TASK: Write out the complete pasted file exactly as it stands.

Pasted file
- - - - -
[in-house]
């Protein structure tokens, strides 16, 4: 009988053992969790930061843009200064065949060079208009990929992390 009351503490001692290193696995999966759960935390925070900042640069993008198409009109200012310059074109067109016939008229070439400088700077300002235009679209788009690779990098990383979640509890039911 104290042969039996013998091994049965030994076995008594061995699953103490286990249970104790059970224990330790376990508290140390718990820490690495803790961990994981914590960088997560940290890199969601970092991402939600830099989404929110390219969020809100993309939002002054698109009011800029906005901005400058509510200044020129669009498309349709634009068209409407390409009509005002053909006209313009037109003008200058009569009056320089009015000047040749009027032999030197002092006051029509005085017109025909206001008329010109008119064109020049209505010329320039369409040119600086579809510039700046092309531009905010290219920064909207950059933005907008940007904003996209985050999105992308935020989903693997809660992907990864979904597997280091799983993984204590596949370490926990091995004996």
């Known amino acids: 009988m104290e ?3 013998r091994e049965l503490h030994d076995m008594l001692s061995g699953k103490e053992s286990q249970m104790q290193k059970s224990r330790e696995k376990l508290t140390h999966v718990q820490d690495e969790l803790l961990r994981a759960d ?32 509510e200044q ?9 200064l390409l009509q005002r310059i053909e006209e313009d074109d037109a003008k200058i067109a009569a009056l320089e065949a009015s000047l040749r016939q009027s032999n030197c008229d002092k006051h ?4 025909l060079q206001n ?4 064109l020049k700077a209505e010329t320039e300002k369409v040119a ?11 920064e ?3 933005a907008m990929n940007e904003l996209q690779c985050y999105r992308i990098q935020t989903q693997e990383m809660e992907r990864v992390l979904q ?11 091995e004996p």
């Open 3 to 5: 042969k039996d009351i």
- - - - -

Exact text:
[in-house]
């Protein structure tokens, strides 16, 4: 009988053992969790930061843009200064065949060079208009990929992390 009351503490001692290193696995999966759960935390925070900042640069993008198409009109200012310059074109067109016939008229070439400088700077300002235009679209788009690779990098990383979640509890039911 104290042969039996013998091994049965030994076995008594061995699953103490286990249970104790059970224990330790376990508290140390718990820490690495803790961990994981914590960088997560940290890199969601970092991402939600830099989404929110390219969020809100993309939002002054698109009011800029906005901005400058509510200044020129669009498309349709634009068209409407390409009509005002053909006209313009037109003008200058009569009056320089009015000047040749009027032999030197002092006051029509005085017109025909206001008329010109008119064109020049209505010329320039369409040119600086579809510039700046092309531009905010290219920064909207950059933005907008940007904003996209985050999105992308935020989903693997809660992907990864979904597997280091799983993984204590596949370490926990091995004996």
């Known amino acids: 009988m104290e ?3 013998r091994e049965l503490h030994d076995m008594l001692s061995g699953k103490e053992s286990q249970m104790q290193k059970s224990r330790e696995k376990l508290t140390h999966v718990q820490d690495e969790l803790l961990r994981a759960d ?32 509510e200044q ?9 200064l390409l009509q005002r310059i053909e006209e313009d074109d037109a003008k200058i067109a009569a009056l320089e065949a009015s000047l040749r016939q009027s032999n030197c008229d002092k006051h ?4 025909l060079q206001n ?4 064109l020049k700077a209505e010329t320039e300002k369409v040119a ?11 920064e ?3 933005a907008m990929n940007e904003l996209q690779c985050y999105r992308i990098q935020t989903q693997e990383m809660e992907r990864v992390l979904q ?11 091995e004996p």
């Open 3 to 5: 042969k039996d009351i």